Clipped from: https://www.business-standard.com/article/current-affairs/insolvency-professionals-back-success-fee-warn-against-over-regulation-121100100021_1.html?utm_source=Spotlight&utm_medium=website&utm_campaign=Premium_11072018
The NCLAT held that success fee is more in the nature of contingency and speculative it is not part of IBC provisions and is not chargeable
Illustration: Binay Sinha
The success fee of resolution professionals (RPs) coming under the scanner has sent worrying signals in the industry concerned about over-regulation, which could be detrimental to the corporate insolvency resolution process.
“It is a proven method and is followed in other jurisdictions. Marketing of assets, quality of information memorandum requires good expertise and comes at a cost,” said Anoop Rawat, partner, Insolvency & Bankruptcy at Shardul Amarchand Mangaldas & Co.
Raising questions of the legality of the success fees, the national company appellate tribunal said in its recent order that the role of the RP has to be like a dispassionate person concerned with performance of his duties under the code for reasonable fees, and it cannot be result-oriented.
“As a concept, payment of incentives to professionals is a well-established practice in more mature regimes for maximisation of value. This order may further deter quality experts from this profession and also increase fixed costs for creditors. As long as fees are agreed upfront by the CoC, it should be left to their commercial wisdom, since every case is unique,” said Ashish Chhawchharia, partner and national head, restructuring advisory, Grant Thornton Bharat.
The appellate tribunal, however, added that even if the success fee was chargeable, “the manner in which it was pushed at the last minute during the time of approval of the Resolution Plan and the quantum are both improper and incorrect”.
This mention by NCLAT has given hope to RPs that the judgment was an aberration.
“Success fee is not a norm and happens in some cases. If success is assured, the CoC may decide to give a nominal fixed fee. Cases where there is a doubt about assets — lenders may consider putting a success fee,” Rawat said.
IBC practitioners say if the RP’s fee is fixed, lenders may be incurring more cost, regardless of whether the corporate debtor is resolved.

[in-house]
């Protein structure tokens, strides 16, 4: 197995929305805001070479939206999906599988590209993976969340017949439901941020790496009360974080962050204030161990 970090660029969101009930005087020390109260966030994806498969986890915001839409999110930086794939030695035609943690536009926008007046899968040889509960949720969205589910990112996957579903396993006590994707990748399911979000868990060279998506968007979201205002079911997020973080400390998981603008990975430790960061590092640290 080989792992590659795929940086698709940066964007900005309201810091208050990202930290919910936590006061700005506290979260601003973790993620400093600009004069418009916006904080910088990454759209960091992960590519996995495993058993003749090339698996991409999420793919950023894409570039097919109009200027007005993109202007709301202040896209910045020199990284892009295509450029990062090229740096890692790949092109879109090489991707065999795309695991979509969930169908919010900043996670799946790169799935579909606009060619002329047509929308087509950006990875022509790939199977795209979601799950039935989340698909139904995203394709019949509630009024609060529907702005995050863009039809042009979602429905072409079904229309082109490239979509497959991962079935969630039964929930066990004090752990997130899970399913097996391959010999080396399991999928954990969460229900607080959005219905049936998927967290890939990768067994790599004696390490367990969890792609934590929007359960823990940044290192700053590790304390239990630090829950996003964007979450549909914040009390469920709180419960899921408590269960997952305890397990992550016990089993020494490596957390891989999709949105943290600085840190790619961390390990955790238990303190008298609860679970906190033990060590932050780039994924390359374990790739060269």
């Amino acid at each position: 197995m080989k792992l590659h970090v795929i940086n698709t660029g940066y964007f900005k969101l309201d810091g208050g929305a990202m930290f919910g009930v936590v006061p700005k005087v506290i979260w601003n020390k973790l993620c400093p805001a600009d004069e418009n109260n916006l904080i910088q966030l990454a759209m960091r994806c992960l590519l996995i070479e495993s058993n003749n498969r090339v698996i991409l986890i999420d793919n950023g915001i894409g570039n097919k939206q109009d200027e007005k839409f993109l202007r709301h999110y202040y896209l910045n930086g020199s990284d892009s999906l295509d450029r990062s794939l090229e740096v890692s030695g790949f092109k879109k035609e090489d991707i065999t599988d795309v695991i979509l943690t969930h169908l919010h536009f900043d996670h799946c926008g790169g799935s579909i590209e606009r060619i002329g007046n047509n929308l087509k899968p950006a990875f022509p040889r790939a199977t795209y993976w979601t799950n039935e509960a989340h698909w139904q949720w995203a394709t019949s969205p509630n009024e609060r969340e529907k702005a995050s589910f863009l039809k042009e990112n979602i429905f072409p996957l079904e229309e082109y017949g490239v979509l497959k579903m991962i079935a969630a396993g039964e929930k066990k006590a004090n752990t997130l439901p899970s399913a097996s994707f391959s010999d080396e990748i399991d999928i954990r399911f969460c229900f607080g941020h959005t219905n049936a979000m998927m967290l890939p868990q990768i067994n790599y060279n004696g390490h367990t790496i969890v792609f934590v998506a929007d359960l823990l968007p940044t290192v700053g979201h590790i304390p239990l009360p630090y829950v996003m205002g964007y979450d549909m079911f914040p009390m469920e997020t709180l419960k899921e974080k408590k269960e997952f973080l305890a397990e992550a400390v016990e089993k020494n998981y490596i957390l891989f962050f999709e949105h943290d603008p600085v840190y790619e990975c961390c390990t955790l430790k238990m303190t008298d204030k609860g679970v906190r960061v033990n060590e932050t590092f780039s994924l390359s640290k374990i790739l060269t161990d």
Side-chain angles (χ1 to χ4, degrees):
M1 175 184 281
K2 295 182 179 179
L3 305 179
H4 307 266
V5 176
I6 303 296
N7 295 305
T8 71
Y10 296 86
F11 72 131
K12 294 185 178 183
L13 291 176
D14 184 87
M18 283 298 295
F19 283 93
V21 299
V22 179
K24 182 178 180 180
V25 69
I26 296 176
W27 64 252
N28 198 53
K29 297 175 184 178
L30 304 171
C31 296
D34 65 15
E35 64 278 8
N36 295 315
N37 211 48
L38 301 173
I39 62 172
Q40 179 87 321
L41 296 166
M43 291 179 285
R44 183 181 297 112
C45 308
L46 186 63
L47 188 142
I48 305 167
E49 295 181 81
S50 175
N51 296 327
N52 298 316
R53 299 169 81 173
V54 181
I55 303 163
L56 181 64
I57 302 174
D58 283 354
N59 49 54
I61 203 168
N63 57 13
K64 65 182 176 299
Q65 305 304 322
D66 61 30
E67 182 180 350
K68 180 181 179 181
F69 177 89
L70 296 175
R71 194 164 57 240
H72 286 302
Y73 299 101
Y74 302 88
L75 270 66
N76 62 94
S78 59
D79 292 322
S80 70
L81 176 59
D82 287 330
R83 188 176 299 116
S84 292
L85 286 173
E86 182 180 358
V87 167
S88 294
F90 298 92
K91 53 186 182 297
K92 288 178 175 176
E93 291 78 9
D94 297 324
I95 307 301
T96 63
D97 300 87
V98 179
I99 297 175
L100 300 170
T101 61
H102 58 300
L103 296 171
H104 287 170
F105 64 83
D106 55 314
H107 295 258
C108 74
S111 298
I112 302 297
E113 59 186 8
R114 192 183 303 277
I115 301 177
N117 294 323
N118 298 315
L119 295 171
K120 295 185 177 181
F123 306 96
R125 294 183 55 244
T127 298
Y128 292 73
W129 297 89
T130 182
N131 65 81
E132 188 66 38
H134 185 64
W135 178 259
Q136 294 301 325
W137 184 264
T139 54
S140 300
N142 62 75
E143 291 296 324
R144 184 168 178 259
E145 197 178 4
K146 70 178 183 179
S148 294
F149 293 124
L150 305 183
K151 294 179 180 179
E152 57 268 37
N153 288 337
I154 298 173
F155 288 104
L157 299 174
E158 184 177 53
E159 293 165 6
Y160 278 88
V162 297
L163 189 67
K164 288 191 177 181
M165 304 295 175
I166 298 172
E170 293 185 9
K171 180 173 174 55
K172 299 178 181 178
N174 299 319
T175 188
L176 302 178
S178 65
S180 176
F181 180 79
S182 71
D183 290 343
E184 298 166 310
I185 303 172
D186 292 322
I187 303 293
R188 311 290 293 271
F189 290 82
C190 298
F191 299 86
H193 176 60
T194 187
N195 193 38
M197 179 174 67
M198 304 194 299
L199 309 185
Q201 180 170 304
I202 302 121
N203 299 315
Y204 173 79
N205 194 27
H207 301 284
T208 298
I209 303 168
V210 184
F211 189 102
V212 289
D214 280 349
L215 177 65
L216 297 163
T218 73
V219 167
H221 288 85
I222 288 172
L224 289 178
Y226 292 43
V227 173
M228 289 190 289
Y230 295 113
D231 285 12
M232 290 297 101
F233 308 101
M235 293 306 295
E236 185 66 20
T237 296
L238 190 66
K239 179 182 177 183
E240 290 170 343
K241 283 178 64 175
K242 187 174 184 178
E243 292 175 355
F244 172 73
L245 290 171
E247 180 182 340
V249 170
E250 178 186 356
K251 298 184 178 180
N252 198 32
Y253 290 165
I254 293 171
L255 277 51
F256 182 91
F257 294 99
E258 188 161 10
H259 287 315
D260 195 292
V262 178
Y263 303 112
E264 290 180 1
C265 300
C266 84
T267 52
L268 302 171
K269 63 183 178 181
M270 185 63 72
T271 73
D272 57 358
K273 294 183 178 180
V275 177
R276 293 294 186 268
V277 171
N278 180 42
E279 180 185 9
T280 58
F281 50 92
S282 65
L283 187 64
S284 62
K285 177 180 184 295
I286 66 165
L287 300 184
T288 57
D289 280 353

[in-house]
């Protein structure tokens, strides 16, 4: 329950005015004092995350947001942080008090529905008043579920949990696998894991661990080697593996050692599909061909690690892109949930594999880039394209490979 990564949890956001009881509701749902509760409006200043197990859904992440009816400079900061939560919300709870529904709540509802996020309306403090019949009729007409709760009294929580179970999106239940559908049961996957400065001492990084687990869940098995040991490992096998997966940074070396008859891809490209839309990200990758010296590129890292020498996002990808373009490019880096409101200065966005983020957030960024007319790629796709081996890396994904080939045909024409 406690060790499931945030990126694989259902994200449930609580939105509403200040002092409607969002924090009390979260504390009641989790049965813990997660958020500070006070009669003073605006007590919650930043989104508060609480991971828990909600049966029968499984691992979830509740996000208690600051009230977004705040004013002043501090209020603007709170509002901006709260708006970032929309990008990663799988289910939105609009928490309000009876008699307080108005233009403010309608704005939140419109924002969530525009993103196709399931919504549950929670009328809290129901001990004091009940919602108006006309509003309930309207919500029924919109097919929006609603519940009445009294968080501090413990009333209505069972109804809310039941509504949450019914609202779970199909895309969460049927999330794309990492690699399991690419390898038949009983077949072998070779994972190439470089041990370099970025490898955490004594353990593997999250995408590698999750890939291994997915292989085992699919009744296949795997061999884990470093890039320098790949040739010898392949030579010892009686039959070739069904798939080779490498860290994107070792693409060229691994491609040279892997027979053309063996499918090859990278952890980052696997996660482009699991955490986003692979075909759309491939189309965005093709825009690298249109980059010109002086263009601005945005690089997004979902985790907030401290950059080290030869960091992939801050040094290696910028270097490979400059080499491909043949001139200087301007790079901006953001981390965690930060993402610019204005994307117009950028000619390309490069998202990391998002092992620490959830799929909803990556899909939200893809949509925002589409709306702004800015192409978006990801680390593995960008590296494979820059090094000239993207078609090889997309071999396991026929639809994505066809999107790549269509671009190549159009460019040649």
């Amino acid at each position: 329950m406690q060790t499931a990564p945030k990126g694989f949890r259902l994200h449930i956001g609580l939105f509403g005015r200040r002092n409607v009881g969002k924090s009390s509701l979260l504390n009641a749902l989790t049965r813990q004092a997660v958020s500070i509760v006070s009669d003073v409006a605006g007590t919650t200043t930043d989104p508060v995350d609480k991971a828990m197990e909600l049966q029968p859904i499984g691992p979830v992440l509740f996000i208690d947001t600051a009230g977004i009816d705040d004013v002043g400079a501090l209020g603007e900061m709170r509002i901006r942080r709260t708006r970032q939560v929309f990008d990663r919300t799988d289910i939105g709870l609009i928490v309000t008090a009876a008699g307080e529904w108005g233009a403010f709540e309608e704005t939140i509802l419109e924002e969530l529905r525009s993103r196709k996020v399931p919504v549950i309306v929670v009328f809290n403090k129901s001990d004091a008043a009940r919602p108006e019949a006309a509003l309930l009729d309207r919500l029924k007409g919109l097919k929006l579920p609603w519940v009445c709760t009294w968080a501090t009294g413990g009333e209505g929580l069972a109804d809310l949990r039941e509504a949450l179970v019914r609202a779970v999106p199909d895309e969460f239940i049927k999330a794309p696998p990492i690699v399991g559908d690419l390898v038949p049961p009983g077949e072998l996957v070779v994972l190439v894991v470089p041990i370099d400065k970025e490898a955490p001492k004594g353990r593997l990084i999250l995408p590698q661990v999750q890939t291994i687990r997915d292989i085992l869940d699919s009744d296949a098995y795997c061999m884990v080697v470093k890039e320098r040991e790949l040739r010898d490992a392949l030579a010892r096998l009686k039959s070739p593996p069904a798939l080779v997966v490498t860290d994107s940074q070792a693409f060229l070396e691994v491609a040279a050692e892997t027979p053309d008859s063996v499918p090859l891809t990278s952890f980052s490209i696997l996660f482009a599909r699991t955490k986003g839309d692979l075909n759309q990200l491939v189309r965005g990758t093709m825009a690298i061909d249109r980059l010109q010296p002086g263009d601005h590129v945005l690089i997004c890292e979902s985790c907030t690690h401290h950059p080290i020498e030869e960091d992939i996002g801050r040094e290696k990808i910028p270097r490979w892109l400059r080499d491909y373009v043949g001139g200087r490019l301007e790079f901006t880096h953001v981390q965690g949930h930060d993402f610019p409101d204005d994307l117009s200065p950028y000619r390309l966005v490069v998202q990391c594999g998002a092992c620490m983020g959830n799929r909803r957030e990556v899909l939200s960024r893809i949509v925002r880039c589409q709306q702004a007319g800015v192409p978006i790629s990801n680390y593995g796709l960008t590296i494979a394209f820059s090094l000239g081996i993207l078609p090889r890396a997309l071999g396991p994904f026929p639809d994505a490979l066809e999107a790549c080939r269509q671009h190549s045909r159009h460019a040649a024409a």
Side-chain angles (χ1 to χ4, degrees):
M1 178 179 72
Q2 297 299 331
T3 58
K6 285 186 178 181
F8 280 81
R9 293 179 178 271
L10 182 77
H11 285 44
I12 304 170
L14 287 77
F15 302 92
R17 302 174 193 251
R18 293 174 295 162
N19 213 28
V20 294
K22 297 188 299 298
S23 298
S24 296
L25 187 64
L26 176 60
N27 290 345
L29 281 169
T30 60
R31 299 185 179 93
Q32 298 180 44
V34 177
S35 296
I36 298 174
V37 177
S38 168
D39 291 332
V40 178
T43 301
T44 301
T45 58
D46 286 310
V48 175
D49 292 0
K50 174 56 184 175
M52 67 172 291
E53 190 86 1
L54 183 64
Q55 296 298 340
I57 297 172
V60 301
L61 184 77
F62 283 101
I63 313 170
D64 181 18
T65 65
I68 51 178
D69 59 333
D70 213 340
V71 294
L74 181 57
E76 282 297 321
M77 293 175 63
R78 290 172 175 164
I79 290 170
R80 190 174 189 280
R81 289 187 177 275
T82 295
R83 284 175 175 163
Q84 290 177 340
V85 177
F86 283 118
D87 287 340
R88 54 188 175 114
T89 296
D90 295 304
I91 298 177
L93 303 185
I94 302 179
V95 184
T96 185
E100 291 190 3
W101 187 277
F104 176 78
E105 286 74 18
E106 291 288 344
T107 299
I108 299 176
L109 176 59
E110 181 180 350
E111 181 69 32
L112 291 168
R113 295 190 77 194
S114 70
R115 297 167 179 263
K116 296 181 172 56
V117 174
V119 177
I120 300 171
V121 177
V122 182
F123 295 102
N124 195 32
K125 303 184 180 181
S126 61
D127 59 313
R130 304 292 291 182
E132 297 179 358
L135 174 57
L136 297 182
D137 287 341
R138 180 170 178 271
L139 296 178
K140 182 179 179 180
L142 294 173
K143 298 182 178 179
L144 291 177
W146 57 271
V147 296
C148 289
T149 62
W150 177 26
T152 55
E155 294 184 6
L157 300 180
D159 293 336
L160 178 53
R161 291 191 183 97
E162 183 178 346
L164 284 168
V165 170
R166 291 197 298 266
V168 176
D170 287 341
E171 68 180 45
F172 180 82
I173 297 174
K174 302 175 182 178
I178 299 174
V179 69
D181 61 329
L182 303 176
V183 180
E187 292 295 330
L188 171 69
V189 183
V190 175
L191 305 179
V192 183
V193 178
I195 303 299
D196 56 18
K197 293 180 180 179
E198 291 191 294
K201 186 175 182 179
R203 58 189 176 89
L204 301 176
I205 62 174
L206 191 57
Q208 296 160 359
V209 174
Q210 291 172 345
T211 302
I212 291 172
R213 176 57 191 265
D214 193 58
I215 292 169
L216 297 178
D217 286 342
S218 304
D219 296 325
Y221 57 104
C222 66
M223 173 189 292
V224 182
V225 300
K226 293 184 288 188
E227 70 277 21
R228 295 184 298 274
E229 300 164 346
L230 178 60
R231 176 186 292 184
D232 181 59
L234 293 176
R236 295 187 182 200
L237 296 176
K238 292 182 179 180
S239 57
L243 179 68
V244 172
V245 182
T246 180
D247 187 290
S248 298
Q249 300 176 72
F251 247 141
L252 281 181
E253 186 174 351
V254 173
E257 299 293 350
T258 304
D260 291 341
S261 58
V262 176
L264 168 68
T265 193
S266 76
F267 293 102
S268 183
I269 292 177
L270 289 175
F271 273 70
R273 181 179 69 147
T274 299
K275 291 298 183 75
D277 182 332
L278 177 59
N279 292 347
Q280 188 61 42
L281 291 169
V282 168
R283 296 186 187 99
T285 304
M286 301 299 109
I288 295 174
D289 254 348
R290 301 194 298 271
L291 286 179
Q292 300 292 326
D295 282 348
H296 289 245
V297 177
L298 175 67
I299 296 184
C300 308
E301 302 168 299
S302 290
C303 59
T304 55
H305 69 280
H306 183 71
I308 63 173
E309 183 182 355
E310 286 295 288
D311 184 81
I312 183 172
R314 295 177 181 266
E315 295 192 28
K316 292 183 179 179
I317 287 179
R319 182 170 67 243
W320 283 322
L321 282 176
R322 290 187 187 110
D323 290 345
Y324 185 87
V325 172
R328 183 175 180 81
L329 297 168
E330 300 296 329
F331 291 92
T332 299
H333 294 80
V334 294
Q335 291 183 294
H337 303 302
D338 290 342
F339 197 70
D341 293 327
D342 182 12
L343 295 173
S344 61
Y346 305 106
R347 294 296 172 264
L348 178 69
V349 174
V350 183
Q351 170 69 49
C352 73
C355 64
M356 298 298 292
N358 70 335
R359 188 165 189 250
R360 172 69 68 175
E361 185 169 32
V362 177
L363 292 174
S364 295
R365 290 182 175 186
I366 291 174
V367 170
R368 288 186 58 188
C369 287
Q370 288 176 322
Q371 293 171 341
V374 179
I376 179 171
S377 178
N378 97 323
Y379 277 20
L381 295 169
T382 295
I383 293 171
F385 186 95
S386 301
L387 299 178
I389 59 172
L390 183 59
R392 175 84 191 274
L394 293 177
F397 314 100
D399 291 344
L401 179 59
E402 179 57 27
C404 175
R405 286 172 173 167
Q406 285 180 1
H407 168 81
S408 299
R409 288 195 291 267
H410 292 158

The IBC regulations talk of a reasonable fee to be given to RPs without quantifying it and say it should be determined on an arm’s-length basis.
A June 2018 circular by the Insolvency and Bankruptcy Board of India (IBBI) mentions that an insolvency professional may use one or a combination of bases to charge a fee for carrying out different tasks. One of these is success or contingency fee, which is to be charged only to the extent that it is consistent with the requirements of integrity and independence of insolvency professionals.
The NCLAT, however, held that the list of such charges by IBBI is only illustrative.
Some RPs feel the success fees align the purpose of CoC with the intention of RPs. However, does it take away the focus of RP from running the day-to-day affairs of the company? “That remains a statutory duty. In fact, the success fee improves the preservation of operation since the success fee is directly related to the value of business that depends on the quality of assets and operations,” Rawat added.
One IBC lawyer said if there was a success fee, RPs will be more vigilant. “The RP will work to keep the corporate debtor a going concern, preparing an impactful information memorandum by digging also the reasons as to what went wrong that the corporate debtor is in CIRP and what kind of resolution applicant will be able revive it,” said Daizy Chawla, senior partner, Singh & Associates.